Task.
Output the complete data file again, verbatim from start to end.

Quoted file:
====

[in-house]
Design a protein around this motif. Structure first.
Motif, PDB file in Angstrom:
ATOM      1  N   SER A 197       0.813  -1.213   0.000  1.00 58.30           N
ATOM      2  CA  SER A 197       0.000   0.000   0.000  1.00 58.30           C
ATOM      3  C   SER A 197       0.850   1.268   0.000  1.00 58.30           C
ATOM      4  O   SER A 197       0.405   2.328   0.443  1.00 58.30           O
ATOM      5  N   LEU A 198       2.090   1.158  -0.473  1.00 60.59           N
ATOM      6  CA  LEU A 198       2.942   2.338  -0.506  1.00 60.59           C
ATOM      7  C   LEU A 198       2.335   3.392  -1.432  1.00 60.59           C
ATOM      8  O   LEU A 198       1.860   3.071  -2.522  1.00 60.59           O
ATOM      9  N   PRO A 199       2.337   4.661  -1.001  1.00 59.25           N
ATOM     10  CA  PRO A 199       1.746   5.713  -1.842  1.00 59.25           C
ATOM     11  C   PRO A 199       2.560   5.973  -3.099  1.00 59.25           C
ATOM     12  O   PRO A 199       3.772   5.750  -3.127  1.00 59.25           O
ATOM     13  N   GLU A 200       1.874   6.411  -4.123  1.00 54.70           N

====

[in-house]
Design a protein around this motif. Structure first.
Motif, PDB file in Angstrom:
ATOM      1  N   SER A 197       0.813  -1.213   0.000  1.00 58.30           N
ATOM      2  CA  SER A 197       0.000   0.000   0.000  1.00 58.30           C
ATOM      3  C   SER A 197       0.850   1.268   0.000  1.00 58.30           C
ATOM      4  O   SER A 197       0.405   2.328   0.443  1.00 58.30           O
ATOM      5  N   LEU A 198       2.090   1.158  -0.473  1.00 60.59           N
ATOM      6  CA  LEU A 198       2.942   2.338  -0.506  1.00 60.59           C
ATOM      7  C   LEU A 198       2.335   3.392  -1.432  1.00 60.59           C
ATOM      8  O   LEU A 198       1.860   3.071  -2.522  1.00 60.59           O
ATOM      9  N   PRO A 199       2.337   4.661  -1.001  1.00 59.25           N
ATOM     10  CA  PRO A 199       1.746   5.713  -1.842  1.00 59.25           C
ATOM     11  C   PRO A 199       2.560   5.973  -3.099  1.00 59.25           C
ATOM     12  O   PRO A 199       3.772   5.750  -3.127  1.00 59.25           O
ATOM     13  N   GLU A 200       1.874   6.411  -4.123  1.00 54.70           N